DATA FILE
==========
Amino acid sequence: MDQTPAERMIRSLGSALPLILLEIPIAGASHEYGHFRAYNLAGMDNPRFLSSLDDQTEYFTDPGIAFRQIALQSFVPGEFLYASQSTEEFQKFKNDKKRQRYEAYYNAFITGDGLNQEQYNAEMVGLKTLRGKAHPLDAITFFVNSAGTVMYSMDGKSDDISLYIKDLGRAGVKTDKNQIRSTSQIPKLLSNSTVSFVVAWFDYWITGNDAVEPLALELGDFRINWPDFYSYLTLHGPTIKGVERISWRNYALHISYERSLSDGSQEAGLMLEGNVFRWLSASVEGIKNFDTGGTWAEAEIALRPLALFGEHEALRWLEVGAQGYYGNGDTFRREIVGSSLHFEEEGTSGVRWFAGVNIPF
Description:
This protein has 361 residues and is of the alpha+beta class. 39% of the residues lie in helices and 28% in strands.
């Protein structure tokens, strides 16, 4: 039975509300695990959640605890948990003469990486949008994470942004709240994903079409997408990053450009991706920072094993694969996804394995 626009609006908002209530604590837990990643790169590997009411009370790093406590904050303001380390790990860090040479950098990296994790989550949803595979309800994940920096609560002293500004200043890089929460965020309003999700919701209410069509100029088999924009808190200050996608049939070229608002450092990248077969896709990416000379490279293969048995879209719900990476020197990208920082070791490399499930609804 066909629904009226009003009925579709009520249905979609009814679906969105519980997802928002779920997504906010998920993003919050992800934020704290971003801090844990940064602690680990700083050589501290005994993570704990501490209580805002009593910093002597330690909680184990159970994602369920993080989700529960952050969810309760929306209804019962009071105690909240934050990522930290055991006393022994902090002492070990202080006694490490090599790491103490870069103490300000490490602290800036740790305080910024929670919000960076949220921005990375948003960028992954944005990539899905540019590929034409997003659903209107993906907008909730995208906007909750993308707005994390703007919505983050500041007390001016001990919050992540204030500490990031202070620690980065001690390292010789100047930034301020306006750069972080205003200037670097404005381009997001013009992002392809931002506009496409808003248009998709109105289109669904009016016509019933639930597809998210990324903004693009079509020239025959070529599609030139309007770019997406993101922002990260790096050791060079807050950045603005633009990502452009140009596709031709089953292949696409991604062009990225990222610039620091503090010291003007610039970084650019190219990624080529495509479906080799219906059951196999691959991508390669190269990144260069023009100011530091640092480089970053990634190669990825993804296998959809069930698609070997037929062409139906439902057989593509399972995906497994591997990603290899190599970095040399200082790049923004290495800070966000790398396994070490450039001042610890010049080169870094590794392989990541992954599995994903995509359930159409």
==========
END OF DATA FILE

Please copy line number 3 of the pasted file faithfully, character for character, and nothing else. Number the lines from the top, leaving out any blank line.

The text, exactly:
This protein has 361 residues and is of the alpha+beta class. 39% of the residues lie in helices and 28% in strands.